Inspiration

1200.aero was created by a small team of pilots and aviation enthusiasts. Inspiration came from a near-mid-air collision one of the authors experienced in the fall of 2015 as he departed his favorite airport. In the information age, there is still no data about the airspace surrounding small airports, and that's what we're set out to improve.

What it does

1200.aero is a monitoring service specifically developed for general aviation. It relies on a network of airport-based ADS-B receivers to analyze air traffic data that can be used to enhance safety.

  • Tracking history: Facilitates pilot flight debriefs by tracking aircraft of interest, capturing 1-second grain data about takeoffs, maneuvers, approaches, landings, and even taxiing activity.

  • NMACs: Potential near mid-air collisions detected between two or more aircraft (as defined by the FAA, a good example here). Data is anonymous to protect privacy.

  • Events: Emergency transponder codes, unusually low flying aircraft, excessively high descending rates, and combinations thereof. Data is anonymous to protect privacy.

  • Live notifications for the above features, sent via SMS to subscribers.

  • Live traffic: Renders live traffic directly from all ADS-B stations (currently KRDU, KLZU, KJNX). Reuses work from the ADS-B Receiver and dump1090-mutability projects.

  • Airport traffic: Visualizes collective traffic pattern trends by airport in the last two weeks.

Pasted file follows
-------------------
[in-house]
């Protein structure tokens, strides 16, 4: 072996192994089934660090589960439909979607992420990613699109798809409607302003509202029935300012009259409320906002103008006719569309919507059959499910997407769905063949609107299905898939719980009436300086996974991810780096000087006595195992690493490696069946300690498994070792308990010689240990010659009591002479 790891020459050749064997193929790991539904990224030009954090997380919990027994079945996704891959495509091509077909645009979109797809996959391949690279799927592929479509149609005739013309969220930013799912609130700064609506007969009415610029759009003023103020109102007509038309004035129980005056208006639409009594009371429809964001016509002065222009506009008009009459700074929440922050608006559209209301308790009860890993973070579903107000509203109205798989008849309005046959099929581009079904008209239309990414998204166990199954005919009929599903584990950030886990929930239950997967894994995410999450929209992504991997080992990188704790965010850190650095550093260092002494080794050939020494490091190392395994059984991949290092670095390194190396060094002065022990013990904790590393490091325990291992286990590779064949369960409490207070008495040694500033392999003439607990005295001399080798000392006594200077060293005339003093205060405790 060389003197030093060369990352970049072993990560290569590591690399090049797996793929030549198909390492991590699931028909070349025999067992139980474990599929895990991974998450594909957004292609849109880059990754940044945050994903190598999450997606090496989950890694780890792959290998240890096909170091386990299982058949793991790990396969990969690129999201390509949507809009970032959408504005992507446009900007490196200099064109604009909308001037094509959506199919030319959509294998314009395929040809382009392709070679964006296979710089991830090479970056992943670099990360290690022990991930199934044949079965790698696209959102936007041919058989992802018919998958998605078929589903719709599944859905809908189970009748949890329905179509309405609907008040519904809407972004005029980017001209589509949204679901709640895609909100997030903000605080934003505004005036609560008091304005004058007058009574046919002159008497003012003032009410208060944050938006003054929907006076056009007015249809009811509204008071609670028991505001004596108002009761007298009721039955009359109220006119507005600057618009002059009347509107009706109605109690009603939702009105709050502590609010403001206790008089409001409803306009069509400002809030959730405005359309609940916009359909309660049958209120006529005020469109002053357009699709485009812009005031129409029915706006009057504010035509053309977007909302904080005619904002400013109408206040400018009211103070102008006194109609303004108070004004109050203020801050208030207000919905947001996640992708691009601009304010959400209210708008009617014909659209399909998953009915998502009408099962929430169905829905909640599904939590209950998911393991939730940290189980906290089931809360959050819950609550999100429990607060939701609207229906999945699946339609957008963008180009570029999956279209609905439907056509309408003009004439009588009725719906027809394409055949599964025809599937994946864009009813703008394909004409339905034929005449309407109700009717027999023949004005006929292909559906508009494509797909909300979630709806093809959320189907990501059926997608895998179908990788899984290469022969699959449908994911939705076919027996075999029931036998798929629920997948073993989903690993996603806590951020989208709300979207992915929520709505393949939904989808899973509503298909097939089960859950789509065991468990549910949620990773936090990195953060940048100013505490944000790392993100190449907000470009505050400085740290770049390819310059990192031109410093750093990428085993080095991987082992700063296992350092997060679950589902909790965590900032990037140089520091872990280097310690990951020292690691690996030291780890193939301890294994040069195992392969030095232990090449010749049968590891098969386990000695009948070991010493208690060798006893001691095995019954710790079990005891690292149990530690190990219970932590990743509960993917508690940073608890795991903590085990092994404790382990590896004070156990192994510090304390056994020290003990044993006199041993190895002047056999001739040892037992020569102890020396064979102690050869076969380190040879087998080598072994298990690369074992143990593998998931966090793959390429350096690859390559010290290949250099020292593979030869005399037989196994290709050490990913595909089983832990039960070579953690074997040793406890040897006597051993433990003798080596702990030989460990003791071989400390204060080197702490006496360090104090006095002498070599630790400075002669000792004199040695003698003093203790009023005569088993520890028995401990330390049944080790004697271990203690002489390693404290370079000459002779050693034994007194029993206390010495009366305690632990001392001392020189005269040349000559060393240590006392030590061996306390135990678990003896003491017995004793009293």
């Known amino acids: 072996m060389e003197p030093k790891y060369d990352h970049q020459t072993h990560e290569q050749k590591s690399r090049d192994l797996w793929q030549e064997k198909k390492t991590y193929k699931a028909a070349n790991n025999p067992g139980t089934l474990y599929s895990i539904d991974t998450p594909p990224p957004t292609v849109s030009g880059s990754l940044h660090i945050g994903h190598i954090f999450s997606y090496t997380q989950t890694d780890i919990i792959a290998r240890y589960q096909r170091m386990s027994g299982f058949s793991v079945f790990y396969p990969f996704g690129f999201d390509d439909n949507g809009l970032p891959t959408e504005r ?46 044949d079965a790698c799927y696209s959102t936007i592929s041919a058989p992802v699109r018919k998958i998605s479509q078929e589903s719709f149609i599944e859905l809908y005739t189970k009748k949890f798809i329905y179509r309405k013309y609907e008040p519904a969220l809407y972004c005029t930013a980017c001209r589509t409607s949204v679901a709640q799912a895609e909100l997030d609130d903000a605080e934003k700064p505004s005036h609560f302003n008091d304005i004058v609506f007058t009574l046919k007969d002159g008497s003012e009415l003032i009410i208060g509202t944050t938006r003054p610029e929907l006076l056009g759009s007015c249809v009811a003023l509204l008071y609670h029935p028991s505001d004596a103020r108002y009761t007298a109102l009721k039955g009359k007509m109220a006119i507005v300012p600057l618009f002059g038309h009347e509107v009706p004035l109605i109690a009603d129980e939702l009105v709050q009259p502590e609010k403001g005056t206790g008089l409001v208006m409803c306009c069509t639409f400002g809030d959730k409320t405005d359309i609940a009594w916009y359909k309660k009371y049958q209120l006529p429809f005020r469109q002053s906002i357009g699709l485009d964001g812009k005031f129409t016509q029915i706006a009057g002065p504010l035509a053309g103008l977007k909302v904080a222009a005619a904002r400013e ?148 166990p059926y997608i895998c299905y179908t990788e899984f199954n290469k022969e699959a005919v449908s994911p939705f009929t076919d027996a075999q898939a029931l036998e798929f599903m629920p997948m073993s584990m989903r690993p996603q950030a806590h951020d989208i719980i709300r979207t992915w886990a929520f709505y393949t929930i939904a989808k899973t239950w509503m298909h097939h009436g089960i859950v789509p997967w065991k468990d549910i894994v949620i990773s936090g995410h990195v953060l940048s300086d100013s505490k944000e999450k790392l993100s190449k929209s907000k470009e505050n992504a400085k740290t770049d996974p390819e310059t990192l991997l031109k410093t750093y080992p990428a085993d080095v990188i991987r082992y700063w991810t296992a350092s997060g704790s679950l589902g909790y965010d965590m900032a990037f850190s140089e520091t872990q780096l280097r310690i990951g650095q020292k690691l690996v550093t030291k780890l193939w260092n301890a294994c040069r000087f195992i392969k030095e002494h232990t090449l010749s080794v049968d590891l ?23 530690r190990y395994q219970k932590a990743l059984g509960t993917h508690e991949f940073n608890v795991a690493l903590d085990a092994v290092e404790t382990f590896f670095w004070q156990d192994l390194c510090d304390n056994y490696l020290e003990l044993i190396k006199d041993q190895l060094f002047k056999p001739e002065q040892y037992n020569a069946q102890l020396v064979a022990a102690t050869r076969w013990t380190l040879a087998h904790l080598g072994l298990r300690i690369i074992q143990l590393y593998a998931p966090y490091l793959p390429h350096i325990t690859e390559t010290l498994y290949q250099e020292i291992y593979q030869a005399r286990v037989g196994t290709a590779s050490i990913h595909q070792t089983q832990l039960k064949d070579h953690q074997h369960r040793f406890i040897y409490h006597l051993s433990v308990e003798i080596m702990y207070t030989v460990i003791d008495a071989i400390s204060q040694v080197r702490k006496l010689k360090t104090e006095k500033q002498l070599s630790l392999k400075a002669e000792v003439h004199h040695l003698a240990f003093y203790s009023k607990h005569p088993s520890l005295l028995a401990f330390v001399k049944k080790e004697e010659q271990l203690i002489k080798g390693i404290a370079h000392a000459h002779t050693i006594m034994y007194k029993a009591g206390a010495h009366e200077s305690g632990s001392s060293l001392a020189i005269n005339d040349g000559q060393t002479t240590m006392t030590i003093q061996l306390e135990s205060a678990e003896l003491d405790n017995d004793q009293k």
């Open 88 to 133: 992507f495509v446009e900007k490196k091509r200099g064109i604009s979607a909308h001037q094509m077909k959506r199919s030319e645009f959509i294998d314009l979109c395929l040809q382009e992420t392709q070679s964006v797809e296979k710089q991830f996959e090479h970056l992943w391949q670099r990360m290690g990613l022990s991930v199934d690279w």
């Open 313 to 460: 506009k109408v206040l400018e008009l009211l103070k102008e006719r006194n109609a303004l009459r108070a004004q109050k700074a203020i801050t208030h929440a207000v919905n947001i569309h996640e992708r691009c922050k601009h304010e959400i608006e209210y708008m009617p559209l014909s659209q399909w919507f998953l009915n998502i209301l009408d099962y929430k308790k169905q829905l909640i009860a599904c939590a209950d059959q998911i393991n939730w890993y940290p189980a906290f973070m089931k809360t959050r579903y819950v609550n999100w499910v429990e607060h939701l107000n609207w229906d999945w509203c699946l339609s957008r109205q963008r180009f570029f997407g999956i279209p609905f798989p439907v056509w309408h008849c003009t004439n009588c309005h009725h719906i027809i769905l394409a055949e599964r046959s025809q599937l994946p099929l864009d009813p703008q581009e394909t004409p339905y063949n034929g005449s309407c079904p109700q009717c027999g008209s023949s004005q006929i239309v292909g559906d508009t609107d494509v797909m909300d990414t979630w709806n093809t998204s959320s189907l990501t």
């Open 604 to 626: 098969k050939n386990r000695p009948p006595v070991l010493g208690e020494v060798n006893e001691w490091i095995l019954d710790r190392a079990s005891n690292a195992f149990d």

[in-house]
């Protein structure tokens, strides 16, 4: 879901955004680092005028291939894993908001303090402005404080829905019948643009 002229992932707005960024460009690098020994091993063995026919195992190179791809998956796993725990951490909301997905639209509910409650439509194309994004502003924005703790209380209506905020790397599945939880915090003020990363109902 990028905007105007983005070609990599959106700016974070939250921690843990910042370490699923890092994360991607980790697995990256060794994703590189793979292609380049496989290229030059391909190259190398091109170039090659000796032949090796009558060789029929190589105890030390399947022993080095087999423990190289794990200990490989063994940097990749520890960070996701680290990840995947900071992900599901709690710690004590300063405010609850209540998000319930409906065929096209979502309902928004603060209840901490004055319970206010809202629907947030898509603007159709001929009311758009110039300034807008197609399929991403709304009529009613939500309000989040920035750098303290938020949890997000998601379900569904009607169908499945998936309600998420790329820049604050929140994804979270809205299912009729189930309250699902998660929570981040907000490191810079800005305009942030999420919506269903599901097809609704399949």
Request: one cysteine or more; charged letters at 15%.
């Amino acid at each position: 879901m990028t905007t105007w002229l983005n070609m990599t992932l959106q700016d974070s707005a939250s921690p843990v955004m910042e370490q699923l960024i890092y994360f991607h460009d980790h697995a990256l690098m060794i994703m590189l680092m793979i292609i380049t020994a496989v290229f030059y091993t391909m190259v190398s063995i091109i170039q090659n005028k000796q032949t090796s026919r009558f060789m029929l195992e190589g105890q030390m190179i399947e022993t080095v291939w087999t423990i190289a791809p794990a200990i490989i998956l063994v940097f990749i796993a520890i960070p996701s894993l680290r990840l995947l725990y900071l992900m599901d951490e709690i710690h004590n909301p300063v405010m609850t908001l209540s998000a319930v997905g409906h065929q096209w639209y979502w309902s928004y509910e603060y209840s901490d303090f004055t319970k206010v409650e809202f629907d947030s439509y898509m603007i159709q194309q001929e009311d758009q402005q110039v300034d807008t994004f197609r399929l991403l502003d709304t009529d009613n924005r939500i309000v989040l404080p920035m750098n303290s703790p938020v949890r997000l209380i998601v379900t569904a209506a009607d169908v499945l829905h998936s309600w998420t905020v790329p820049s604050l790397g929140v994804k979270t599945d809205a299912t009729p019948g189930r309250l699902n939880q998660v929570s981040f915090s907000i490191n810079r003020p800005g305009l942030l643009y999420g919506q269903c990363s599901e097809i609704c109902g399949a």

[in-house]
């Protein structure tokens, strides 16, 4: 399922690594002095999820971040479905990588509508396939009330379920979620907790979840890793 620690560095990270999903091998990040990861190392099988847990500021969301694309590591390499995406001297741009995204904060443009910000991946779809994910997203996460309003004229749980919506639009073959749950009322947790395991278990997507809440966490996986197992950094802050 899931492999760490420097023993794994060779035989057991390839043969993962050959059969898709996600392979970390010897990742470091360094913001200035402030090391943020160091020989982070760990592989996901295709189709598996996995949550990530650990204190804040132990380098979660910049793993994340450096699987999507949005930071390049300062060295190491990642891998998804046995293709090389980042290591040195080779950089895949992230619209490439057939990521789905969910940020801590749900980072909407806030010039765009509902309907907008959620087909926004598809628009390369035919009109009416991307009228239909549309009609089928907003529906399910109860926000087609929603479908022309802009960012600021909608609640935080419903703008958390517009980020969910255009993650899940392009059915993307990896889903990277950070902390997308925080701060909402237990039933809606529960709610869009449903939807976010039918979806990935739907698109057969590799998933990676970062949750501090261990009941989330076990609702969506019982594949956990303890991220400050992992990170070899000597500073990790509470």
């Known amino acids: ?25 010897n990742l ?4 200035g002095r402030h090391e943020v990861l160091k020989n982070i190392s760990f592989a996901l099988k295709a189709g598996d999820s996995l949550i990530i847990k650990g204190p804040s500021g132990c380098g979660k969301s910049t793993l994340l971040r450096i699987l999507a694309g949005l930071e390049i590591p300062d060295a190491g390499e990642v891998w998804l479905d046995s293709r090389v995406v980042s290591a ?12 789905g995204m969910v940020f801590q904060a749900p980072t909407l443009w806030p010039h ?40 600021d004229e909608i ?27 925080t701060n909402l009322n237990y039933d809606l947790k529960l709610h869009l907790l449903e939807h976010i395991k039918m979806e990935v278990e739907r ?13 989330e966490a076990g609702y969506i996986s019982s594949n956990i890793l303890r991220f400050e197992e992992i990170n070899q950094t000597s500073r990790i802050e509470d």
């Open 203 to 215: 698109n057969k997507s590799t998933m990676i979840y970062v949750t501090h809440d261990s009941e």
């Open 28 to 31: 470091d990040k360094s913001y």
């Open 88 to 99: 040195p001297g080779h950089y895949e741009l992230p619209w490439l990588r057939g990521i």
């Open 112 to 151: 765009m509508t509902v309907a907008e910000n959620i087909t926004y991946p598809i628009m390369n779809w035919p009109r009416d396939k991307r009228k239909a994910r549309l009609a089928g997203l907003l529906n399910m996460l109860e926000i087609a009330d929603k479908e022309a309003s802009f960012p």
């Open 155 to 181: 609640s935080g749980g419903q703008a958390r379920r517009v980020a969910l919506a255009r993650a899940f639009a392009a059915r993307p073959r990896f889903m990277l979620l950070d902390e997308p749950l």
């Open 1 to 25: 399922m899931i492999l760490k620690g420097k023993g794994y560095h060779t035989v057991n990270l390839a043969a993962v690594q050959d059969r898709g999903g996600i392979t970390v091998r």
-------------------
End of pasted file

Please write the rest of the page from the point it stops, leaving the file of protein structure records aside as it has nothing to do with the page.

How we built it

The team leveraged years of experience in areas like NoSQL distributed databases and infrastructure and webapp development. The platform's MVP was originally envisioned in AWS but implemented using Kafka/Spark/Cassandra due to our familiarity with that stack. We finally ported it to AWS for scale, availability and as a stretch goal.

Challenges we ran into

  • Sourcing data from the devices took days of research. Thankfully, we were able to reuse open source work already in place to feed established tracker sites like FlightAware and ADSBExchange.
  • Integrating dependencies between Spark Streaming and Kafka for the first time took several days to get right. Turned out much easier for Kinesis and EMR Spark.
  • DynamoDB took some getting used to, given its restrictions coming from Cassandra.

What's next for 1200.aero

  • Continue to grow user adoption and airport coverage.
  • Better UI to depict altitude profile.
  • Slack integration for use in the field by flight schools
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